An example is a RFID and logistics. If this is to work, users have to adopt – windows for instance has an AURA applications- barcode readers on their phone- an augmented consumption. Try to impose markets where these markets were not possible before. More as a commodity than as a public good. One can, for instance, start to commercialize roads (as an example of capitalizing mobility). This is done by controlling access. Building premium options to bypass nasty things (like congestion). Even adds alter along the way dynamically. Summarizing, some basics of the life of the city will be exploited via locative media.
Another example mentioned is the city center of London and the access to it. Lots of infrastructure is needed to make sure access is denied and offending are fined; mass customization in reverse. It demonstrates the difference in possibilities and politics; they are not defined by the technology, but rather by the politics of dealing with that technology. Even internet-traffic use is prioritized rather than everyone (and all data) being equal. An example of this is an imposed new ‘smart’ internet seen by Cisco, where only prioritized data will be able to travel from computer to computer. Some networks and/or routes will be unavailable for the masses. Another example is call-centers – companies realize that congestion is the problem – when you are deemed profitable, you are granted faster access. This is a new politics of technology.
What happens when architecture, new media and rfid are meeting? Lots of politics and privatized spaces. Location-based services arte the first in showing these politics. Consumer- databases are being used to create ins and outs, have and have-nots. Geography of cities are now managed by geo-demographics. Info about social networks, crime-rated, local governments, recommended neighborhoods and so on are already in use.We will see mayor social databases to influence your choice (when you are literate in this info-world). This underpins politics of data.
2 militarisation/ securitisation
Much in this point is around the war on terror. where the city is deemed the problem, with supposed enemies. How can we use our technology! Panicky in addressing risks in western cities within security world. This is a world of targeting, about locating and targeting enemies. Huge recognition and data mining technologies and biometrics. CCTV and face recognition etc even identifying walking styles. It is always about creating an average, in order to pick our the abnormalities. We move towards code-space and software-sorted mobilities. We are already moving into biometric systems. All of this with the argument to limit terror. Lots of commercial gain here.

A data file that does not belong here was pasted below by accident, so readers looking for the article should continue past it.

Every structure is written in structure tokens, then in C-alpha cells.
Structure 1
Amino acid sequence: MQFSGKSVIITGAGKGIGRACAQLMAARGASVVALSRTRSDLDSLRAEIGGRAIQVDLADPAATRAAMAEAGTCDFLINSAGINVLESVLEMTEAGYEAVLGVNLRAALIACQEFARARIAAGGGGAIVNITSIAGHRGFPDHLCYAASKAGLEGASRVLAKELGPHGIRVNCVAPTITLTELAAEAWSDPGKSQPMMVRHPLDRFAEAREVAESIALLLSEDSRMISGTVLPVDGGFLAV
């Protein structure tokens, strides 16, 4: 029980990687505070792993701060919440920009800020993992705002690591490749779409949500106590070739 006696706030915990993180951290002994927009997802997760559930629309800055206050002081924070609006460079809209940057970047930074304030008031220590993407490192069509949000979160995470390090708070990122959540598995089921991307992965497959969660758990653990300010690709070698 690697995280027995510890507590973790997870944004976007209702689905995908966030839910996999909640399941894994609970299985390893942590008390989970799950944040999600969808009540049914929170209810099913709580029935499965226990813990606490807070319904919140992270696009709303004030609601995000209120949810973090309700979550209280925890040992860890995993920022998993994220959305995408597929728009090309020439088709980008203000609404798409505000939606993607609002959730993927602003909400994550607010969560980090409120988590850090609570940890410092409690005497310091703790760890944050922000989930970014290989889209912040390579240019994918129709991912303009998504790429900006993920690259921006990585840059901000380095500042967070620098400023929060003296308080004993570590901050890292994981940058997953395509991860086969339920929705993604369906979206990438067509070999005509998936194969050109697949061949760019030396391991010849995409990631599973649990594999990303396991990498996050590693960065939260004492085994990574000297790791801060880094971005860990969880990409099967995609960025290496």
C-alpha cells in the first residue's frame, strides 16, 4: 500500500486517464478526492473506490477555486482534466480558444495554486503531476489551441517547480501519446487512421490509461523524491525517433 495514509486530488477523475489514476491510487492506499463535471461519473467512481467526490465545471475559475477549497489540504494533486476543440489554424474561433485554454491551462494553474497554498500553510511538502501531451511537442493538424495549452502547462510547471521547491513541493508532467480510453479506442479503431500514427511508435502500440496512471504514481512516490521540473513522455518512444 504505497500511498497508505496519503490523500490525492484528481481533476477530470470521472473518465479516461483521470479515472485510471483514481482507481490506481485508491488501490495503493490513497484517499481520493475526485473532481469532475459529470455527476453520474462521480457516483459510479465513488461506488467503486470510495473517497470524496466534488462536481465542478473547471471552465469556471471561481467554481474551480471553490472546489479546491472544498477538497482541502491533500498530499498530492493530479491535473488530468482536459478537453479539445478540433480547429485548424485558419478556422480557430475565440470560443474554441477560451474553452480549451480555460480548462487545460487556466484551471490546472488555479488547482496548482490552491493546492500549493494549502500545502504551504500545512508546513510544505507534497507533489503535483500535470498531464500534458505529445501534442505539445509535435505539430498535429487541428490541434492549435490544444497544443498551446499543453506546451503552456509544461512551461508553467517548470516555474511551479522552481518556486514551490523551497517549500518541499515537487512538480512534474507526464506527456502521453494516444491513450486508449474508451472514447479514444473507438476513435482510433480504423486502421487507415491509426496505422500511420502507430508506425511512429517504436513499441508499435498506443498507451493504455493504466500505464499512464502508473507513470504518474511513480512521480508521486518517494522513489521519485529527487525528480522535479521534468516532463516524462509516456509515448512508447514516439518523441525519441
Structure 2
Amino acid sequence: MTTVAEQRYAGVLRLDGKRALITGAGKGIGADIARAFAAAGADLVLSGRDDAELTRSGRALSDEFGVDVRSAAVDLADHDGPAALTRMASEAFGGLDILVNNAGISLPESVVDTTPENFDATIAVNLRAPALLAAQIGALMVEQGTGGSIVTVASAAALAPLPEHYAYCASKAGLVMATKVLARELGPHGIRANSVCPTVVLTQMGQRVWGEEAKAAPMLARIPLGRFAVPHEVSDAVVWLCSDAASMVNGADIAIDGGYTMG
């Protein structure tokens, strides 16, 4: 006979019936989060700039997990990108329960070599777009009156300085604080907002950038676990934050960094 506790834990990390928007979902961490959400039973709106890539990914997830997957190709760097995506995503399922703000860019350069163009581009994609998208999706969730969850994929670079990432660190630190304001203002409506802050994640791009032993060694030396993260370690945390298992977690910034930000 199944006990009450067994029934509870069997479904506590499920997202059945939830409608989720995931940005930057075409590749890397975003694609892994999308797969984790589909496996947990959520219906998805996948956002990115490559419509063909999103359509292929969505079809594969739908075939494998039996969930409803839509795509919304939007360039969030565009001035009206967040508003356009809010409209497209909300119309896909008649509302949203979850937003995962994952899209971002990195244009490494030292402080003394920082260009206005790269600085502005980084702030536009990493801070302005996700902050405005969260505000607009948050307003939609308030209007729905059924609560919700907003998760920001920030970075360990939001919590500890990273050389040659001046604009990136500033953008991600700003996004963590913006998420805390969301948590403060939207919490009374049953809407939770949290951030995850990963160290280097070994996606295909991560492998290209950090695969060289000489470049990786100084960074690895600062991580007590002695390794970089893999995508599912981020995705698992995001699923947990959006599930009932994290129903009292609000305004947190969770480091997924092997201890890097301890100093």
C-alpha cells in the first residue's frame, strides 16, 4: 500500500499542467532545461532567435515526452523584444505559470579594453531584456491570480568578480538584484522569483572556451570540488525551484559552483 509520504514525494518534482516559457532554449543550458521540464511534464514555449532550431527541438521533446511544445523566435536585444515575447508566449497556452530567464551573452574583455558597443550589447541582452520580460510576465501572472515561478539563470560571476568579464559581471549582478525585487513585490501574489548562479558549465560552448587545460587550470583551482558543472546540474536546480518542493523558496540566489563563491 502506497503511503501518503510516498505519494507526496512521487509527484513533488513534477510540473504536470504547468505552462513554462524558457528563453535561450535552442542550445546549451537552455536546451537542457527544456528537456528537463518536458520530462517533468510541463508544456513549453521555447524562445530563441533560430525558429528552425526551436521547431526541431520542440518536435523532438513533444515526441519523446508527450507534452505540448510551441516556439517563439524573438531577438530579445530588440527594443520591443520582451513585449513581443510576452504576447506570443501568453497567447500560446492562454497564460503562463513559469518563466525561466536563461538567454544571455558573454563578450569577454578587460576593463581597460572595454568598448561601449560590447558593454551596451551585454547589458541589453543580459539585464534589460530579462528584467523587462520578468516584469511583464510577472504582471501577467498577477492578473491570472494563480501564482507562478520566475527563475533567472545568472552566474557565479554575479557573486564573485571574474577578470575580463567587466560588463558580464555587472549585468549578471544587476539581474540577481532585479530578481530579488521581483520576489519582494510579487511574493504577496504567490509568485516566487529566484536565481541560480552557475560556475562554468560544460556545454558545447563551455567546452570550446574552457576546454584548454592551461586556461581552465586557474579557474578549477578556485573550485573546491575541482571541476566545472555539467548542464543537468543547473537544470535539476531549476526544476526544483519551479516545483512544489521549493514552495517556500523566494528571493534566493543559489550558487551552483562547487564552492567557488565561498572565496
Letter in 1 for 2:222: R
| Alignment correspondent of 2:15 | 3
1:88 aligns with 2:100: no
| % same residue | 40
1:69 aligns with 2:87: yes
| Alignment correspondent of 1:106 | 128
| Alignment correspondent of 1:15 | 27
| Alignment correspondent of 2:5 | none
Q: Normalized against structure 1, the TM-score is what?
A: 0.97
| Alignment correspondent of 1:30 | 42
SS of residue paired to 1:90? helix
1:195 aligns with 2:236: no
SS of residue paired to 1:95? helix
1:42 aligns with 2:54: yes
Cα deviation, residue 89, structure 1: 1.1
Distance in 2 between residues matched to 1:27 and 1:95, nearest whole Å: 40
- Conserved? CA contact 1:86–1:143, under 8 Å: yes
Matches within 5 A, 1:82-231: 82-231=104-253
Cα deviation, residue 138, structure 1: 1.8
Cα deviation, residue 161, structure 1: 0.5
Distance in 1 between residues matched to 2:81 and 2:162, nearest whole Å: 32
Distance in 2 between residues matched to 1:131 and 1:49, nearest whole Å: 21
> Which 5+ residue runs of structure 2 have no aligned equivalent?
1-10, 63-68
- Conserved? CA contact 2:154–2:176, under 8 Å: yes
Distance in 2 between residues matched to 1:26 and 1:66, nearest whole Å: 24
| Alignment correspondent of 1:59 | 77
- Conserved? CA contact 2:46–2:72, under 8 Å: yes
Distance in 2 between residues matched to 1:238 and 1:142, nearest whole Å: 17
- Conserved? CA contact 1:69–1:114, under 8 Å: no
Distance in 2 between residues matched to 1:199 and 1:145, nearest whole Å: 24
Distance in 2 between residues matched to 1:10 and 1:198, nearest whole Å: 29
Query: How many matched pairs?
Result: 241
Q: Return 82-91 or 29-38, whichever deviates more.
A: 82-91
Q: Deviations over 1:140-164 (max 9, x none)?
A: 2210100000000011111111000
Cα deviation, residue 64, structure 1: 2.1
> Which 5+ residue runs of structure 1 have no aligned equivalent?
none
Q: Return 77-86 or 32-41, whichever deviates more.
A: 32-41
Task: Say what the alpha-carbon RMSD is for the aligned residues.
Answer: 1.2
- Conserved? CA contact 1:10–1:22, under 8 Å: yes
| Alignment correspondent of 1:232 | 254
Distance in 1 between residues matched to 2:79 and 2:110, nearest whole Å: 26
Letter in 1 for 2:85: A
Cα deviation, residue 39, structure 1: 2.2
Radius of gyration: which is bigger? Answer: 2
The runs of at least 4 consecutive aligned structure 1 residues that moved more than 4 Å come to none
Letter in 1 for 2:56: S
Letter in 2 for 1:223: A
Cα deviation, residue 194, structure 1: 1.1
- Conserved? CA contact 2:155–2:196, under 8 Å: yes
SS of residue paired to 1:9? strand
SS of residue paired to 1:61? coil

About cctv, lots of cameras are privately installed. Security companies and military are investigating how they can be linked together, how they can be computerized? The politics of this are enormous. Think about your anonymity on the streets that would be lost.
Also, the oyster-card for example is mentioned and the misuse of this, typifying the link between commercial and surveillance use. Once the system is in place, it can be used for other purposes than intended. How can you make regulation robust enough to prevent misuse?
As an example, Graham mentions the American army admitting they need a new “Manhatten project” in order to allow tracking and locating targets in asymmetric urban warfare. This is the point where everything becomes war-space. The American army uses non-arguments for make the city a warfare-territory and they need locative media. Lots of these developments are moving into civilian space. One example is the DARPA ‘ combat zones that see’ project, where concepts of smart cams etc. are introduced. It is a techno-utopian fantasy, but one that is becoming more real every day.
Jordan Crandall talks about tracking and tracing technologies that are trying to capture and colonize the future. A war on statistical persons is emerging. Locative media is constantly looking for the now thus is constantly ahead of itself. Militarization views collapse identification and turns it into databases.
3. urban activism and democratization
This point is about reanimating and re-politicizing the city. Deeming with the problem of alienation, can we actually bring urban politics back to rigid social and political questions and interaction? Re-appropriating technology is the key. Sources often start military, then commercially exploited. After that, its real or alternative use must be sought. New social performances strive for re-enchantment, more interactive model of participatory democracy. Graham now quotes from Shivanee: “locative media and the viscosity of space”.
Examples mentioned are tagging the city, like click- able environments, graffiti and physical hyperlinks. Lots of digital collective memory and narratives are emerging in physical space. Also, revealing bodily mobilities e.g. urban tapestries example. Also, examples where the yellow-arrow project is mentioned – guerrilla mapping, re-visioning the streets. The main point is that it is all about visualizing politics of planning in new ways. It is a form of relational architecture where digital interaction can mix with local events. Urban screens are mentioned as a link between internet and real-life city urbanism and space. All these projects attempt to render all the network activity visible. This shows a politics of data and geographies of data. We need to reverse engineer data to understand what is happening and to adjust politics of this data.
Multiple visions of all sorts are struggling with these new technologies of locative media. There maybe some different dynamics, but all are efforts of remediation. Graham argues there is a relationship between these multiple pass- ways, overlaps are to be found. Is there a healthy co-existence of, for instance, the artist and the commercial view? And how will this be shaped? It is about an emerging urban and tech politics. The world of temporality is very important in the process of delegating agency top software? What political and social assumptions go into our software. Making these thing possible is very important.